Awkwardness during close contact and grappling

Discussion in 'Women of the Martial Arts (Women Martial Artists)' started by watching, Aug 25, 2018.

  1. watching

    watching Green Belt

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    I always "freeze up" and almost panic when I have to practice getting out of take down scenarios in class and I don't know what to do about it! I don't practice a grappling system but am learning some techniques about how to respond to attempted take downs. I find it is far worse when I'm practicing with a male as opposed to another female. But even when I am practicing with another woman, it's still difficult to think or try and perform my techniques.
    If you experienced any of this awkwardness or anxiety when you first started grappling, how did you get past it?

    Thanks everyone!
     
  2. pdg

    pdg Senior Master

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    I can't offer any advice on how to overcome it other than to say you just have to work on it - keep trying until it clicks...

    I have (/had, getting a bit better) what I'll call similar issues, even though it's opposite.

    I was raised to not hit women, and to not grab women - so sparring and grappling? Great, where do I punch and kick and what do I grab?

    It's incredibly awkward sometimes...

    If you find a magic solution, let me know ;)
     
  3. gpseymour

    gpseymour Sr. Grandmaster

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    I didn't experience it, myself, but I have had students who had to work through it. Firstly, there's nothing particularly abnormal about it. I've seen folks with much more extreme reactions - students who would cry if their necks were touched (PTSD from attacks), etc. And know that familiarity will help a lot.

    My approach, which has worked for those who stayed long enough to give it a go, is gradual familiarization and adaptation. A similar approach has been used by therapists to treat phobias. So, if I had a student who froze up under those conditions, I'd be thinking two directions, and adapt my approach to what seems to help or worsen things. I'd start by simply letting them go through a bunch of takedowns - just the takedown - from both sides (do and receive). Then we'd do the takedown to some kind of natural restraining position, then a more technical one. I'm looking for where the discomfort becomes noticeable and affects response. For some folks, it's a gradual line, so I'd be looking for where I can start to notice it, knowing what to look for. For others, it's a threshold, which is easy for them (and me) to spot. Once I know where that is, I verify it's the same with or without the take down (sometimes it's the takedown that triggers, sometimes it's the restraint position). Find a place just shy of where it triggers and work hard there, adding more and more resistance, speed, etc. to build a lot of comfort. Couple that with softening up some and edging into the trigger area. I'm trying to build familiarity and comfort with the closest possible situation - where they were slightly uncomfortable, I want them to be mostly comfortable. Then I'm softening things up and taking that comfort into the more uncomfortable area.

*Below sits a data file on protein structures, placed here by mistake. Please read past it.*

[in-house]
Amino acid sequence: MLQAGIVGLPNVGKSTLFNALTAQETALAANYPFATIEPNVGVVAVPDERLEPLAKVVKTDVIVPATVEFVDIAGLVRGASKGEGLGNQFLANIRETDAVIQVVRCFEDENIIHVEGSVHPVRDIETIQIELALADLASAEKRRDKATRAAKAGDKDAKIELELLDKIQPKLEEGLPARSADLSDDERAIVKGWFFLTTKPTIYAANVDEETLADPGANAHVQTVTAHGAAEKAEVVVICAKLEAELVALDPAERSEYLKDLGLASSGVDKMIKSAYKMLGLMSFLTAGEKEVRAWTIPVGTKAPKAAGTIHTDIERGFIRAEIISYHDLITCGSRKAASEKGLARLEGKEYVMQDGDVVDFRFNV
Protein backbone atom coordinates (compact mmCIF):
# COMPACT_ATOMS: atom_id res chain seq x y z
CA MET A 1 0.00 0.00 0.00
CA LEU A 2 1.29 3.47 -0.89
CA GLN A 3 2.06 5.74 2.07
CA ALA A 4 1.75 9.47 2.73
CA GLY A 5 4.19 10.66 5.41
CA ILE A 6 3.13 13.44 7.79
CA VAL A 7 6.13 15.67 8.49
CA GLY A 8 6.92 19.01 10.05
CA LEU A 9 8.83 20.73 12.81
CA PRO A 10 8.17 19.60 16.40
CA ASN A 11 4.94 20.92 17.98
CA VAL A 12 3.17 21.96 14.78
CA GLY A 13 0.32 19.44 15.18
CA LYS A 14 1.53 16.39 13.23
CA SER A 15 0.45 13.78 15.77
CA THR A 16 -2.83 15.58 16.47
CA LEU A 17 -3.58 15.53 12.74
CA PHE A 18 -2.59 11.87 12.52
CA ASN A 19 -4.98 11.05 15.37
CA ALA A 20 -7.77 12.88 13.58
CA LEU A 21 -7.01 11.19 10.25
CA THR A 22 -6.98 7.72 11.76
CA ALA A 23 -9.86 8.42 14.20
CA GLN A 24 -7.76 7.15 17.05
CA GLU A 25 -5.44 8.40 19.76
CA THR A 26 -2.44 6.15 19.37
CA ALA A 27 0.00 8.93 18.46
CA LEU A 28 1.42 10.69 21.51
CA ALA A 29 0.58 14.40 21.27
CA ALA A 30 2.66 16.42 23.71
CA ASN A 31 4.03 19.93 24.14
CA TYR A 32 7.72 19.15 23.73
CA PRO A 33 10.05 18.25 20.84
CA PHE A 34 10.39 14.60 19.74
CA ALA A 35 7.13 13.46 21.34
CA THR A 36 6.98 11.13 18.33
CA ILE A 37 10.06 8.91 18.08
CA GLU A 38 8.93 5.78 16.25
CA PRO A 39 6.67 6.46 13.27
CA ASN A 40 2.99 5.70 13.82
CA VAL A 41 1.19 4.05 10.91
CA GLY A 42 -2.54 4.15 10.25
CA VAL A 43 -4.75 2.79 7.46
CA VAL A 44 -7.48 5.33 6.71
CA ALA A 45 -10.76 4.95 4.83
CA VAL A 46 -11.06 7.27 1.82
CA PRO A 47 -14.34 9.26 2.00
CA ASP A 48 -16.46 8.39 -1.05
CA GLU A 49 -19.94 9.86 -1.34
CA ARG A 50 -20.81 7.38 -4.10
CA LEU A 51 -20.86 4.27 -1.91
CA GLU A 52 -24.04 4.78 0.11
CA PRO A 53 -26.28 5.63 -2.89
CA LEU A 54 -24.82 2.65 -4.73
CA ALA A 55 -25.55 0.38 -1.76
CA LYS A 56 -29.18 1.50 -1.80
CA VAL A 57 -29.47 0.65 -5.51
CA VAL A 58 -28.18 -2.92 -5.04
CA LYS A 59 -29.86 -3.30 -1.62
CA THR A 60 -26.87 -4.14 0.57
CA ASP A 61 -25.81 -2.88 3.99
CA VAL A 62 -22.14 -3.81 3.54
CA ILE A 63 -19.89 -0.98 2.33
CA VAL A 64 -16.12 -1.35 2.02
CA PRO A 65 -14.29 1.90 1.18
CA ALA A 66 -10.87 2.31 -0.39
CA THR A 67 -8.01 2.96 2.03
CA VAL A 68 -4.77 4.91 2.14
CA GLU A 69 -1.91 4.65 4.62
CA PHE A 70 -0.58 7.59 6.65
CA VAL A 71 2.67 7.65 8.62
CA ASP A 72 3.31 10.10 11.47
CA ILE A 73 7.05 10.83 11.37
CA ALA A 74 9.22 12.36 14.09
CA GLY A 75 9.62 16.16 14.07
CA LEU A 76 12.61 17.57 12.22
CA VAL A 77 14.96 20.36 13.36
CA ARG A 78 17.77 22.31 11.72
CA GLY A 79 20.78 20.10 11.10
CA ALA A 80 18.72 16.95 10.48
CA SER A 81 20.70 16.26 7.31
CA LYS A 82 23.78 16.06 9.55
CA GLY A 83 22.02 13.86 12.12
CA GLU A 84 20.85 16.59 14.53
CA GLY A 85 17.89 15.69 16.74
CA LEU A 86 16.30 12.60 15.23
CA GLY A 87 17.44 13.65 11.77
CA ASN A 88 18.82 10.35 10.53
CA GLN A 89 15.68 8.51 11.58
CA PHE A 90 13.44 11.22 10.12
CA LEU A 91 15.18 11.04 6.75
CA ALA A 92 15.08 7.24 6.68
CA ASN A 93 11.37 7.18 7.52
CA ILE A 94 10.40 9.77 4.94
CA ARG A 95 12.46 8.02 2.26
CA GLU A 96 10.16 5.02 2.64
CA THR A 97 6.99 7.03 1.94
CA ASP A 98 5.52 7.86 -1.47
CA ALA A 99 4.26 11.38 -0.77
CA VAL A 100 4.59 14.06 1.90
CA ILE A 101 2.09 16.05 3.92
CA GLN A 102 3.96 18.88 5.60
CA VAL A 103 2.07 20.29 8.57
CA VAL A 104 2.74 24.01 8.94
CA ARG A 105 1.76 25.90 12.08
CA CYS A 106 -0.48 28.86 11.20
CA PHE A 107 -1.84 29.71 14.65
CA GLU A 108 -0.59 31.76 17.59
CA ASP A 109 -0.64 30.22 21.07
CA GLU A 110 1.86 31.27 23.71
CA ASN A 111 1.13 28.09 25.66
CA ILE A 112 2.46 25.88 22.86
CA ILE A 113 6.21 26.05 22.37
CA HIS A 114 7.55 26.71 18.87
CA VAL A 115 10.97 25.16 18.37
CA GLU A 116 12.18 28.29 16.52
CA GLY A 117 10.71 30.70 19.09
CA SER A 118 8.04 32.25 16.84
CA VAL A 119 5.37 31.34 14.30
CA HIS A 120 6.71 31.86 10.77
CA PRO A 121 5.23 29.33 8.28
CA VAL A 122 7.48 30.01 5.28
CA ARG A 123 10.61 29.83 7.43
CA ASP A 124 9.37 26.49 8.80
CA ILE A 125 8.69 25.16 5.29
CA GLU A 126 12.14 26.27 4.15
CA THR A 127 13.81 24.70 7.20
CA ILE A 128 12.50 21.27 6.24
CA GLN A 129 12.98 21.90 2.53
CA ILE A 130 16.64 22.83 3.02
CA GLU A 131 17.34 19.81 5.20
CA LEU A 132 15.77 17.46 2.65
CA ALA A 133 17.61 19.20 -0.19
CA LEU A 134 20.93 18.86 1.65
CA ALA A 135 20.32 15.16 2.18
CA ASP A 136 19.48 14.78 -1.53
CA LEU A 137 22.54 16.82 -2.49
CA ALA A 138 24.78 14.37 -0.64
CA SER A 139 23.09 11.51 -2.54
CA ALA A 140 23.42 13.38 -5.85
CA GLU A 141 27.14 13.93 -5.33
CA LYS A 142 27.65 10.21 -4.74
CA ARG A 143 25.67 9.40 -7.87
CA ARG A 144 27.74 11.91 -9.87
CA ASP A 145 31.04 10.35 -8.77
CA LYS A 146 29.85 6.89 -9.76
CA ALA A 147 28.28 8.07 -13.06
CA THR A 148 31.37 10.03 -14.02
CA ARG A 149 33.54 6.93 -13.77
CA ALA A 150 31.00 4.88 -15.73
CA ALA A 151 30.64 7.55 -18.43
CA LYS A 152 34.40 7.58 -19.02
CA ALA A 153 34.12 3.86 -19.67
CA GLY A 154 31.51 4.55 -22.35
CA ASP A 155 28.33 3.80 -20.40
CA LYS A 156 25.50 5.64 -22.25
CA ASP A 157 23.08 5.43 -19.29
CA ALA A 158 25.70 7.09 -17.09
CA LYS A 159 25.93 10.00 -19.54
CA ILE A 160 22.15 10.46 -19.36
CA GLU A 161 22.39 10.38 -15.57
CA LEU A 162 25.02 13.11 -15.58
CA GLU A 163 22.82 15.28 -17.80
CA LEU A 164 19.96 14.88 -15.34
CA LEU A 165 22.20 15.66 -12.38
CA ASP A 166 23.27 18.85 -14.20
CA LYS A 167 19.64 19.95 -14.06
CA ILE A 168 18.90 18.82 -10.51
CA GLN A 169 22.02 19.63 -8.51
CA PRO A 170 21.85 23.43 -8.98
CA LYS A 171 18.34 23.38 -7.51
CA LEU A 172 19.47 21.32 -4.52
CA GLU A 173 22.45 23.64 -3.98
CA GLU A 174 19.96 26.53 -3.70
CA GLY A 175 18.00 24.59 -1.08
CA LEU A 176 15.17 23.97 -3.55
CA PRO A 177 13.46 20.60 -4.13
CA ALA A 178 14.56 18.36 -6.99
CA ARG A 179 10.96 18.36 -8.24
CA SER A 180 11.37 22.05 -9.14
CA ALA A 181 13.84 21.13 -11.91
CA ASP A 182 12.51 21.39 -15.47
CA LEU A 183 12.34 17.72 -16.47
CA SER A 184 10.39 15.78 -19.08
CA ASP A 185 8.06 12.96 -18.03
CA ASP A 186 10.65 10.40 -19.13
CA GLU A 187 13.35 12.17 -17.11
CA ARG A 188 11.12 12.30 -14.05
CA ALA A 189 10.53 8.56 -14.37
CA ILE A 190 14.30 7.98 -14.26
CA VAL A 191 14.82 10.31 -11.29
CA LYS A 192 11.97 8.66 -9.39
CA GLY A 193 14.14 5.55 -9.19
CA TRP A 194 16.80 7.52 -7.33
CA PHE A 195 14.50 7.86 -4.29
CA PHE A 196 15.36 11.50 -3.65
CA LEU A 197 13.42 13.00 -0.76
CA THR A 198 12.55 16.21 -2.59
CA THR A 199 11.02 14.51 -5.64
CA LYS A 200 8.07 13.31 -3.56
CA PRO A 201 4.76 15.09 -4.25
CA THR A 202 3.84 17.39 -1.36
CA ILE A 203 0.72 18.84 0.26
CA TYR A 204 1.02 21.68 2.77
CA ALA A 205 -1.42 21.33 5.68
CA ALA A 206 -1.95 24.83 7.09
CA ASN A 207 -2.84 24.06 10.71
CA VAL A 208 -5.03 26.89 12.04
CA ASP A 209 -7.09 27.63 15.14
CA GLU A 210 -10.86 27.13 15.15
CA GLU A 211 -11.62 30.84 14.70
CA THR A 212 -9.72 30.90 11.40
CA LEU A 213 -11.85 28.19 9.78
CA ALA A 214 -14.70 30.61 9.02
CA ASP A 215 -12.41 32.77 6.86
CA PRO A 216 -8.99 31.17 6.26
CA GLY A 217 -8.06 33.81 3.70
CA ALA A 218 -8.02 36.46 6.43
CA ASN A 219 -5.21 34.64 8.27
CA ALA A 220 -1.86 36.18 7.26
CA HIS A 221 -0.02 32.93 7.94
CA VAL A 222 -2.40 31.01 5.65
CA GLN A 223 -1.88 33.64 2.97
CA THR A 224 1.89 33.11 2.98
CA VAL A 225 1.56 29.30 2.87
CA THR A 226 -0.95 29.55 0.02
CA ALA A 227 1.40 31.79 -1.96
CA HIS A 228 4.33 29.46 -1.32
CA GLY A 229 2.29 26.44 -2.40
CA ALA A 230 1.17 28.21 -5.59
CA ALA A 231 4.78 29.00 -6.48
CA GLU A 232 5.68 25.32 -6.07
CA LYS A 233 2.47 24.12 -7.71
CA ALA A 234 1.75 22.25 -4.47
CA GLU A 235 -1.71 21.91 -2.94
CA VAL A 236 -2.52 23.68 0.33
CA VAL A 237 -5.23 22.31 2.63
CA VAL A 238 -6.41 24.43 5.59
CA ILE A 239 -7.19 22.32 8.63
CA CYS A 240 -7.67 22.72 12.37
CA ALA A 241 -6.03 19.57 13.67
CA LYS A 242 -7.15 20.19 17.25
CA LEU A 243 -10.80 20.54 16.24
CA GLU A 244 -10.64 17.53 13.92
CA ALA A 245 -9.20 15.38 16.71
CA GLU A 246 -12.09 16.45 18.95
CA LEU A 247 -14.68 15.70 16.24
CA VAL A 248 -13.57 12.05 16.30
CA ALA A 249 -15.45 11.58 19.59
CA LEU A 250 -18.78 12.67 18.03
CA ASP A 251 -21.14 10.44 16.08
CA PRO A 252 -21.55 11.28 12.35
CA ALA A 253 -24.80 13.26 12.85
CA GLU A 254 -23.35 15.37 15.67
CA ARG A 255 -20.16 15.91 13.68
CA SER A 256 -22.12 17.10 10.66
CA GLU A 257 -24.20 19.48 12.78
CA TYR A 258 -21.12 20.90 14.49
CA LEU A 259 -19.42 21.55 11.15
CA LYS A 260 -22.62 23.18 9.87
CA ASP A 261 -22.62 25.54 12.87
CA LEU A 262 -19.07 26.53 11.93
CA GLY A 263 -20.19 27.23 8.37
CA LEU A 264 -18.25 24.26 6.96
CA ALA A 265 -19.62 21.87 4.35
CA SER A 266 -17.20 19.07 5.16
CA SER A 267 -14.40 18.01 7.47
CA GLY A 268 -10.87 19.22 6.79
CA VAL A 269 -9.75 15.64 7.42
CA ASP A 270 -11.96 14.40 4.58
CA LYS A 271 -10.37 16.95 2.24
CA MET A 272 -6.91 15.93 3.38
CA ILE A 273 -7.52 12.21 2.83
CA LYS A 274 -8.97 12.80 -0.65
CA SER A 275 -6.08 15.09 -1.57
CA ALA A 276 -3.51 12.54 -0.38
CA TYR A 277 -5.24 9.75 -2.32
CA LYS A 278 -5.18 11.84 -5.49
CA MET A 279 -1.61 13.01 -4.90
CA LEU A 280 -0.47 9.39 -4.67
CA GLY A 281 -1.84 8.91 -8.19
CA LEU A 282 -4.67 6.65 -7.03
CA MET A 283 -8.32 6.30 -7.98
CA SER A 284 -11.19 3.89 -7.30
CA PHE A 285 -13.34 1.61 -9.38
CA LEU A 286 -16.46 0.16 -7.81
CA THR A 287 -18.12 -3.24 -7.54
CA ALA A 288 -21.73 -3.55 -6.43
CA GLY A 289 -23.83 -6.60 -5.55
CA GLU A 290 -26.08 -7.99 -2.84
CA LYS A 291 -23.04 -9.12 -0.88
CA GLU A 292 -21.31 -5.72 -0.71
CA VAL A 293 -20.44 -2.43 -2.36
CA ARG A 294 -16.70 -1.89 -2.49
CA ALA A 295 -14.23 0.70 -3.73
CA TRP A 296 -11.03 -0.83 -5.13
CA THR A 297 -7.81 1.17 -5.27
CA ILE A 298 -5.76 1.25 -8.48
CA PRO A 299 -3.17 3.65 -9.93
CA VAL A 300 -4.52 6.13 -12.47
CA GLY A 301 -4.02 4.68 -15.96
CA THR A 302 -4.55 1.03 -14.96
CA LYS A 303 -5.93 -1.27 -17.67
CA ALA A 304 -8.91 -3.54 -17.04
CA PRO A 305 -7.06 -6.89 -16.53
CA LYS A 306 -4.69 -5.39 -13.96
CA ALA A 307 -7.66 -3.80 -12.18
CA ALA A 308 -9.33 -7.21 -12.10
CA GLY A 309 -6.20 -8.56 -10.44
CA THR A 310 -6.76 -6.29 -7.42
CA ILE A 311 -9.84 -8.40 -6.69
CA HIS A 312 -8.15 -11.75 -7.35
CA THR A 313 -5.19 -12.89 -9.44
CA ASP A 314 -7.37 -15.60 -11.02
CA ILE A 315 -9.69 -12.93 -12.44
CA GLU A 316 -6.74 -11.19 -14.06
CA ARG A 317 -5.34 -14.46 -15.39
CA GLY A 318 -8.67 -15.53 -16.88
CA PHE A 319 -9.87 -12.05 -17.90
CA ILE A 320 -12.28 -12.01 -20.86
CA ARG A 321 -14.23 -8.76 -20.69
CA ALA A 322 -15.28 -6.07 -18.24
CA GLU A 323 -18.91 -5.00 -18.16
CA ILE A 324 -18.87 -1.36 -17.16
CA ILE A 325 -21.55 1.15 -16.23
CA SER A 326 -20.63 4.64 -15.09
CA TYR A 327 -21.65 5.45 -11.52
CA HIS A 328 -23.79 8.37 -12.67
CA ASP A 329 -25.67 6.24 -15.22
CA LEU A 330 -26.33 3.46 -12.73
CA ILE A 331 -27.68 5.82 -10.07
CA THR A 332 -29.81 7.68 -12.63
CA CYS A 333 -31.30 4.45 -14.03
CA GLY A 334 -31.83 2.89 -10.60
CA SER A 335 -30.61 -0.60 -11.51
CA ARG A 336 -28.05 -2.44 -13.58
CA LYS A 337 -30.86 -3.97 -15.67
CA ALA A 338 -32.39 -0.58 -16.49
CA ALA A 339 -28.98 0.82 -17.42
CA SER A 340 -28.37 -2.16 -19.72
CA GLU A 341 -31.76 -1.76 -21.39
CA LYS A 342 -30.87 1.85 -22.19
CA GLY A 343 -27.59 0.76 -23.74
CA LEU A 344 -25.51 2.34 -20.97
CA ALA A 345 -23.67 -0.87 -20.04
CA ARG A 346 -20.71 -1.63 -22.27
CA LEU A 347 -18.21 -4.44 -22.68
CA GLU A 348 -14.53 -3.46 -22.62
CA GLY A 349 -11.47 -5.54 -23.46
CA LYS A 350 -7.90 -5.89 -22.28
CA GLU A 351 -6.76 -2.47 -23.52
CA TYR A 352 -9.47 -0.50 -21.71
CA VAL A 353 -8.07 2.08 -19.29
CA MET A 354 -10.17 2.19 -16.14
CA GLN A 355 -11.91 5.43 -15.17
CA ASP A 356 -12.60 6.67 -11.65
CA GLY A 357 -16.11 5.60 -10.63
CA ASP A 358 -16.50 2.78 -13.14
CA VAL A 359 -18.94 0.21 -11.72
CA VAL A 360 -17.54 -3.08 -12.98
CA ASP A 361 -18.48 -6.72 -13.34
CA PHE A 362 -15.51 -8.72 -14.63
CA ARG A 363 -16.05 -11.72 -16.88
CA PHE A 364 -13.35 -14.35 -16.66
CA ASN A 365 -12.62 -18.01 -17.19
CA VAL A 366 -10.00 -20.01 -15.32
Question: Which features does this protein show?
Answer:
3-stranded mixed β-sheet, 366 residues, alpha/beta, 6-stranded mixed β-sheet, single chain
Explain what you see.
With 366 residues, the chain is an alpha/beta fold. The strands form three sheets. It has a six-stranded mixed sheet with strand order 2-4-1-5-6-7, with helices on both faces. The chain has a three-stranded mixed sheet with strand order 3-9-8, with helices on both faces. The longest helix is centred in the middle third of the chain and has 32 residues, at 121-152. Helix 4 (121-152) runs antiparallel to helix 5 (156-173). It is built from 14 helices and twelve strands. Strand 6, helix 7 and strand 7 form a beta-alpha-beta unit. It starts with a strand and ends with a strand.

How much of this is needed depends how strong your reaction is. If the reaction is mild, then just working at the regular exercises will likely resolve it. If the reaction is strong, a more methodical approach is probably more helpful. Find a partner who triggers the reaction, but is patient and helpful and will let you work slowly through things.

    Of course, all this is off the cuff, based on your description.
     
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  4. Michele123

    Michele123 Green Belt